Tuesday, October 30, 2012
I've been asked some questions by commenters about boondocking at Quartzsite. I'm by no means an expert, this is only my second year camping here, but I've never had so many questions about a single topic at one time, so I'll do the best I can. If I'm wrong about anything and you RVers with more experience have a better or different answer, please leave a comment for us.
Good morning, everyone!
Following is some general information:
There are RV parks here with hook-ups, but the BLM areas are for boondocking. You can drive all around the LTVA desert areas (West, North, South and Tyson Wash Camping Areas) and check out what you want for a campsite. These require a permit, either for the season, or for two weeks. Or check out the free 14-day limit areas.
Some people want the wide open spaces. That makes it easy to get full solar and when you drive off to dump your tanks and get fresh water, you just drive off, and when you return, you just drive back into your approximate area. That's what most people seem to do. Last year there were a few of us up against the wash where we had bushes behind us, but most RVers around where I was were just parked here and there around the area. Some people moved their rig here and there, some people stayed in the same place, it doesn't matter because there's tons of room.
These photos are from last year when I was at La Posa West:
The Q on the mountain can easily be seen from La Posa West LTVA.
These are some of the rigs of the group I was parked with. They park in one area together, not too close but still near each other in the same area. They visit in the afternoon and share a campfire in the evenings.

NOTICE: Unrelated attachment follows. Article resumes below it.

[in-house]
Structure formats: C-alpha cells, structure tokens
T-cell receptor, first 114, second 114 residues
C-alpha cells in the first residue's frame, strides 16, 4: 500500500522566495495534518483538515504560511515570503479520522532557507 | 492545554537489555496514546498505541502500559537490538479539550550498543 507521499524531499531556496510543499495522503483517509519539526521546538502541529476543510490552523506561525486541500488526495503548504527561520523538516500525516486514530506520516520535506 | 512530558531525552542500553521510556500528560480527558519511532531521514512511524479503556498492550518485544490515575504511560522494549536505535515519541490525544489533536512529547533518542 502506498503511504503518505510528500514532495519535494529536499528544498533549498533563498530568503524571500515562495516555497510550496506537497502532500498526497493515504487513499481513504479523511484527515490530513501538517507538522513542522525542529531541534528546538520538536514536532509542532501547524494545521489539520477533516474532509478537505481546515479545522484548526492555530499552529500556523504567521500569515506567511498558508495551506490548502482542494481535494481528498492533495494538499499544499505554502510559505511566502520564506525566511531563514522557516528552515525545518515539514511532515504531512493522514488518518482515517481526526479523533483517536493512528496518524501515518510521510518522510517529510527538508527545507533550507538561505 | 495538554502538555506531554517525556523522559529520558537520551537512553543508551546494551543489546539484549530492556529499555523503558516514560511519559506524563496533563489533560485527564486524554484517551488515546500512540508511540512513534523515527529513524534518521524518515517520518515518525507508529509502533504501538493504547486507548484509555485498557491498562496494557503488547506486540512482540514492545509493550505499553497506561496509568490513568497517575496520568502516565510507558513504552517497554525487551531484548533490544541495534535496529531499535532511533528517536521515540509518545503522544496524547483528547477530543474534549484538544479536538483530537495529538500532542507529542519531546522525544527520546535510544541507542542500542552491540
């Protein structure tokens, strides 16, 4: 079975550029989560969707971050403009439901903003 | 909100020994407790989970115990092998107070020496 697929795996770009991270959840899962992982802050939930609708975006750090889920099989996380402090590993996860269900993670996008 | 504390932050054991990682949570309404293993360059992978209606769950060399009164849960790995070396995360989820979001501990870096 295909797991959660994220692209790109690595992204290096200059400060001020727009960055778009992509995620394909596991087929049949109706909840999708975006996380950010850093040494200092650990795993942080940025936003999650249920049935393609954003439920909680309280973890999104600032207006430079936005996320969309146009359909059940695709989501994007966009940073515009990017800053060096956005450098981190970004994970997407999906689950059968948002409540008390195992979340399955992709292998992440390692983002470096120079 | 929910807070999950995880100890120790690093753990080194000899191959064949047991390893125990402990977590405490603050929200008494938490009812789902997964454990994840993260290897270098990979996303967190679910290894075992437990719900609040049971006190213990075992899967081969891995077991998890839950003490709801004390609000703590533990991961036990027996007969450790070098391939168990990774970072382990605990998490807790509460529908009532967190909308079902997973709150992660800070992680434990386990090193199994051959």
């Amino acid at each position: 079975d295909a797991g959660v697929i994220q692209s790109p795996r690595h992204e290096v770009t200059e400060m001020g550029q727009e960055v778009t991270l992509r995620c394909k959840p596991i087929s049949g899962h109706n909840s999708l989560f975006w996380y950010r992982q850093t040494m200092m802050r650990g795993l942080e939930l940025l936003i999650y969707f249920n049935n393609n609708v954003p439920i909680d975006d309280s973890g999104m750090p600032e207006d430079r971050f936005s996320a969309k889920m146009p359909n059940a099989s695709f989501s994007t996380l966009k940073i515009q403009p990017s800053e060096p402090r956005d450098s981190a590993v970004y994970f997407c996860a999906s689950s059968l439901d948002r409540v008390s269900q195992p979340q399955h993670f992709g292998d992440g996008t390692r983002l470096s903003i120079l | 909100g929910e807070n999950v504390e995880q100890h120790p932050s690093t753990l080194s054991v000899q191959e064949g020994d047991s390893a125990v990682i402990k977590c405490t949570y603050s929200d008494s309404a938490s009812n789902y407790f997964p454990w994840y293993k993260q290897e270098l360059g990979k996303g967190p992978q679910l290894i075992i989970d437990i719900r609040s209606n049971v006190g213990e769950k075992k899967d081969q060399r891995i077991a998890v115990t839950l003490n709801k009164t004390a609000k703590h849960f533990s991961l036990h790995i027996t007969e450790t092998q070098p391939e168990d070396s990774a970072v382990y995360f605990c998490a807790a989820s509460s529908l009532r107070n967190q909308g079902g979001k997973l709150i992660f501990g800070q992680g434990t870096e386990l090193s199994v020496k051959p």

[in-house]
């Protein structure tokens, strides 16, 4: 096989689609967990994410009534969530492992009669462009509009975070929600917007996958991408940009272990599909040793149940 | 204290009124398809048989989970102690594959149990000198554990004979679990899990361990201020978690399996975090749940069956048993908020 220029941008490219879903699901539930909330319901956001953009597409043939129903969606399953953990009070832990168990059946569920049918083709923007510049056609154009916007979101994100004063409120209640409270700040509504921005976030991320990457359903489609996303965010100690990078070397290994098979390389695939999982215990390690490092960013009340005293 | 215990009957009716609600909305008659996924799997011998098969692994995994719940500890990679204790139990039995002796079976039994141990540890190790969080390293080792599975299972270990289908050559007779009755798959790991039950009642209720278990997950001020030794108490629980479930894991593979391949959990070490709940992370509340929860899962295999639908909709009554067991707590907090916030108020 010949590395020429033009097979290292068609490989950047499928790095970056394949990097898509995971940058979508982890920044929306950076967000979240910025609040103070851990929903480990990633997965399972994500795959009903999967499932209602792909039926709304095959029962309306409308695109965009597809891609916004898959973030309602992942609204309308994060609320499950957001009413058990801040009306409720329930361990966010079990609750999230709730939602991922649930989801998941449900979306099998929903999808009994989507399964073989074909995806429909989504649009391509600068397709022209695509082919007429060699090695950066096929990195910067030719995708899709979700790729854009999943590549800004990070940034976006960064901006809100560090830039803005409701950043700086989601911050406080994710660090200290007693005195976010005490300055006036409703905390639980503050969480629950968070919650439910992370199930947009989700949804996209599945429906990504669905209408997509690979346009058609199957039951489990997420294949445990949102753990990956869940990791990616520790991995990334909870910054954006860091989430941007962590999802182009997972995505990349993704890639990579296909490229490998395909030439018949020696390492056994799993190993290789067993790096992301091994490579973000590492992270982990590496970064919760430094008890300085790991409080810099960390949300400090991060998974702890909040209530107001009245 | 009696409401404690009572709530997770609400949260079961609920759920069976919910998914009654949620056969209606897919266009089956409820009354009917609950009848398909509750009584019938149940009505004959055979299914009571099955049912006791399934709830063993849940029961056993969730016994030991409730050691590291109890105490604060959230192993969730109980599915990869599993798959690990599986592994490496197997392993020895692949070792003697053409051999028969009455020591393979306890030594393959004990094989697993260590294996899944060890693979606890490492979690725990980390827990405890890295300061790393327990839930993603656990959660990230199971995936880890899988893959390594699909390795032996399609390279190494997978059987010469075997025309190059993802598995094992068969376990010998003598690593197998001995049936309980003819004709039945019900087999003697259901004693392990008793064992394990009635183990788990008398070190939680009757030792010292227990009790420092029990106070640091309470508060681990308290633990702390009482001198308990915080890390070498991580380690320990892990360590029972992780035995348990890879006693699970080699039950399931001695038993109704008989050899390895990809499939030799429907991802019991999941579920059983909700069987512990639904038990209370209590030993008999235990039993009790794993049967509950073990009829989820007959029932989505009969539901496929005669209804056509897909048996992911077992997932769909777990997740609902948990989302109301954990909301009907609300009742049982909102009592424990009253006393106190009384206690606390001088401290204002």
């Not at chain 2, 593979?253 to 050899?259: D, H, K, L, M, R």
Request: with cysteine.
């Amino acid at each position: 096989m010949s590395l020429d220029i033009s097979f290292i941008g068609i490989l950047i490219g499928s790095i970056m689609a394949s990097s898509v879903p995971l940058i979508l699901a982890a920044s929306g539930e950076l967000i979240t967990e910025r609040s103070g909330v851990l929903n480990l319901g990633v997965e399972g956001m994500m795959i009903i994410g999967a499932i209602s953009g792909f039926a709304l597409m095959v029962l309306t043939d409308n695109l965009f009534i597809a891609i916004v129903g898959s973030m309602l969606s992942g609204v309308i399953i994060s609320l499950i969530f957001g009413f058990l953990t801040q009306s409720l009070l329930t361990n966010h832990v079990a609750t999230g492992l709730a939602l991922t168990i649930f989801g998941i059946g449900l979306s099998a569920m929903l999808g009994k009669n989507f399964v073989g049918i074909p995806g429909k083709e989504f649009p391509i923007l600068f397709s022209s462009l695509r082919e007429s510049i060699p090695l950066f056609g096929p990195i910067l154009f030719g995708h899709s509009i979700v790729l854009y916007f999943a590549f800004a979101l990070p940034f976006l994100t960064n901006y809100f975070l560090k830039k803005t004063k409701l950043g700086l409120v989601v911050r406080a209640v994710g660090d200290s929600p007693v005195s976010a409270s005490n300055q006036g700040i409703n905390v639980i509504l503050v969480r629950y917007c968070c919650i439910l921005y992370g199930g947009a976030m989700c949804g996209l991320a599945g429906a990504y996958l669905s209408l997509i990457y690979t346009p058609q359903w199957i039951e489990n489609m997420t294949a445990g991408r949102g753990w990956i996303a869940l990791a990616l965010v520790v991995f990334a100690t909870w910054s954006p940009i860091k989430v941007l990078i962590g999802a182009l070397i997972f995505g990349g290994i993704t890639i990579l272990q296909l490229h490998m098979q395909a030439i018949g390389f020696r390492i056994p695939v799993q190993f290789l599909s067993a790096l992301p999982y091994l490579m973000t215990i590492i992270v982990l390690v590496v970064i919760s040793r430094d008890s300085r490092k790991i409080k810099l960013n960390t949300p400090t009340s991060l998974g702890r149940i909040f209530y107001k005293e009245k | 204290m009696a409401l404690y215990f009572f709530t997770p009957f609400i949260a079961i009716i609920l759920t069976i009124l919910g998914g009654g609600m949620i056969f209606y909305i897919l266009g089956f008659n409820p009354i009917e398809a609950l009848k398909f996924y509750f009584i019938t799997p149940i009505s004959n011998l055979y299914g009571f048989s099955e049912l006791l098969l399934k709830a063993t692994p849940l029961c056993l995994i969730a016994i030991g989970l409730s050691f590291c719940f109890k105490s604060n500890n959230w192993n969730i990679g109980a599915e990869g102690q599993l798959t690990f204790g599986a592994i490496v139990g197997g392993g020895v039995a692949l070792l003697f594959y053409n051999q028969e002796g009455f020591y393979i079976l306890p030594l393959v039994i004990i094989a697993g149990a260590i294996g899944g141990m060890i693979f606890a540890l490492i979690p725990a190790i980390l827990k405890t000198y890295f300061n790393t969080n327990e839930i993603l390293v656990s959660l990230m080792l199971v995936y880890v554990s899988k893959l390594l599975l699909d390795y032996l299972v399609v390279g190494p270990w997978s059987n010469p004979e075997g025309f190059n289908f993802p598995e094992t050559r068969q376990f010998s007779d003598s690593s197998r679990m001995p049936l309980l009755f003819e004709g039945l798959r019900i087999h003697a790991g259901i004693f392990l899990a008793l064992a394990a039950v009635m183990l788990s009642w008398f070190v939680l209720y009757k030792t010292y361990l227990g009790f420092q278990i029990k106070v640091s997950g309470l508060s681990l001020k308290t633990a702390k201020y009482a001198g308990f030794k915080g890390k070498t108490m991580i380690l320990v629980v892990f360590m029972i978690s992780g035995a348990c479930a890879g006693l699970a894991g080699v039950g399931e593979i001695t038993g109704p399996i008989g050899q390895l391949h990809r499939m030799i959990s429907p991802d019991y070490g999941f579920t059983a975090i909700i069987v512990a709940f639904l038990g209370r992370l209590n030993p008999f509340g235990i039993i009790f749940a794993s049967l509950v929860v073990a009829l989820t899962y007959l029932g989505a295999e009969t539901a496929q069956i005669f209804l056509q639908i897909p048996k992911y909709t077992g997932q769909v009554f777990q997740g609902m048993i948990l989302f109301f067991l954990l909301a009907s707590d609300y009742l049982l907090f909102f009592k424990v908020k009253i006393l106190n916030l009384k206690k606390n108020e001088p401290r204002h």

I took this shot to show a representative area - that's The Palms in one of the areas I was in. There weren't many RVers close to me.
When I got here I could take landscape shots without any RVs in the distance. After a while, they were all over.
The Palms parked near the wood pile for a group fire pit.
This was after I returned from a period of time in San Diego, and my space was taken by someone else. I left in a hurry and didn't think I'd be back and told the group to take my things and my site if they wanted.
Some people just park and put out a chair; others build elaborate rock boundaries for their site, ringing the trees and bushes with rocks, building pathways and flat areas with the available rocks in the area.
When I arrived here this year, I wanted to be in the LTVA where the dump site and fresh water faucets are. This is further from town and if I stay here for the duration, I'm hoping the Big Tent Show traffic won't affect me as much. It's also easier to get to the "facilities." I was looking for a campsite near some trees or bushes, so I could hang my bird feeders and hummer food. I like to nest, have my own area, have rocks defining my space. I was the middle child and always had to share a bedroom with my little sister - what can I say?
When you check in at the La Posa little brown office buildings that are at the entrance to the four LTVAs in Quartzsite, they will explain things to you, give you the rules and regulations and a map, and sell you a permit for 7 months or 2 weeks. The map has all the places that are covered under your new permit.
Each of the 4 La Posa LTVA areas have one of these little offices as you drive in.
The permit costs $180 for the season, which is from September 15 through April 15 each year. If you stay for the whole season, that works out to $25.71 per month, or 85.7 cents per day. You can also stay for two weeks for $40 ($2.86/day). There are four La Posa LTVAs, and one has a dump site and eight fresh water spigots that service all four campgrounds. Each LTVA has it's own trash dumpsters.
Other BLM campgrounds in the area are free for two weeks, then you have to move out to another BLM campground that has to be at least, I think, 25 miles away? I'm not sure how far you have to go, something like that. These campgrounds have no trash bins, no fresh water, and no dump site. There are places in town where you can pay for fresh water and to dump, and getting rid of your trash can be done for free at the city refuse area right off highway 95 between the town and Hi Jolly BLM campground. Some people just stash their trash in business dumpsters around the town. I didn't like doing that when I stayed at Hi Jolly at the end of the season.